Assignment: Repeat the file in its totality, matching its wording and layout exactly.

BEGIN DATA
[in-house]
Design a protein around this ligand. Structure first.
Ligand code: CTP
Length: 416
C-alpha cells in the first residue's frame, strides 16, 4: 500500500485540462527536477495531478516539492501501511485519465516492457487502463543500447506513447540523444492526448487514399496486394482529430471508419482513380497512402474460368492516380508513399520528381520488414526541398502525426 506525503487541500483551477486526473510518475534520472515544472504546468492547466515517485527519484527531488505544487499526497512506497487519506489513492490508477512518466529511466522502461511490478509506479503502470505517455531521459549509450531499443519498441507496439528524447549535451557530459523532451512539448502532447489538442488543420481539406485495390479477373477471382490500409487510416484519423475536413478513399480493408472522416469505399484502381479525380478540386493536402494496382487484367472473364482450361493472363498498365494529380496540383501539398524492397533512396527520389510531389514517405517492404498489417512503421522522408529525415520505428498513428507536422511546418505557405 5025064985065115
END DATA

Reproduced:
[in-house]
Design a protein around this ligand. Structure first.
Ligand code: CTP
Length: 416
C-alpha cells in the first residue's frame, strides 16, 4: 500500500485540462527536477495531478516539492501501511485519465516492457487502463543500447506513447540523444492526448487514399496486394482529430471508419482513380497512402474460368492516380508513399520528381520488414526541398502525426 506525503487541500483551477486526473510518475534520472515544472504546468492547466515517485527519484527531488505544487499526497512506497487519506489513492490508477512518466529511466522502461511490478509506479503502470505517455531521459549509450531499443519498441507496439528524447549535451557530459523532451512539448502532447489538442488543420481539406485495390479477373477471382490500409487510416484519423475536413478513399480493408472522416469505399484502381479525380478540386493536402494496382487484367472473364482450361493472363498498365494529380496540383501539398524492397533512396527520389510531389514517405517492404498489417512503421522522408529525415520505428498513428507536422511546418505557405 5025064985065115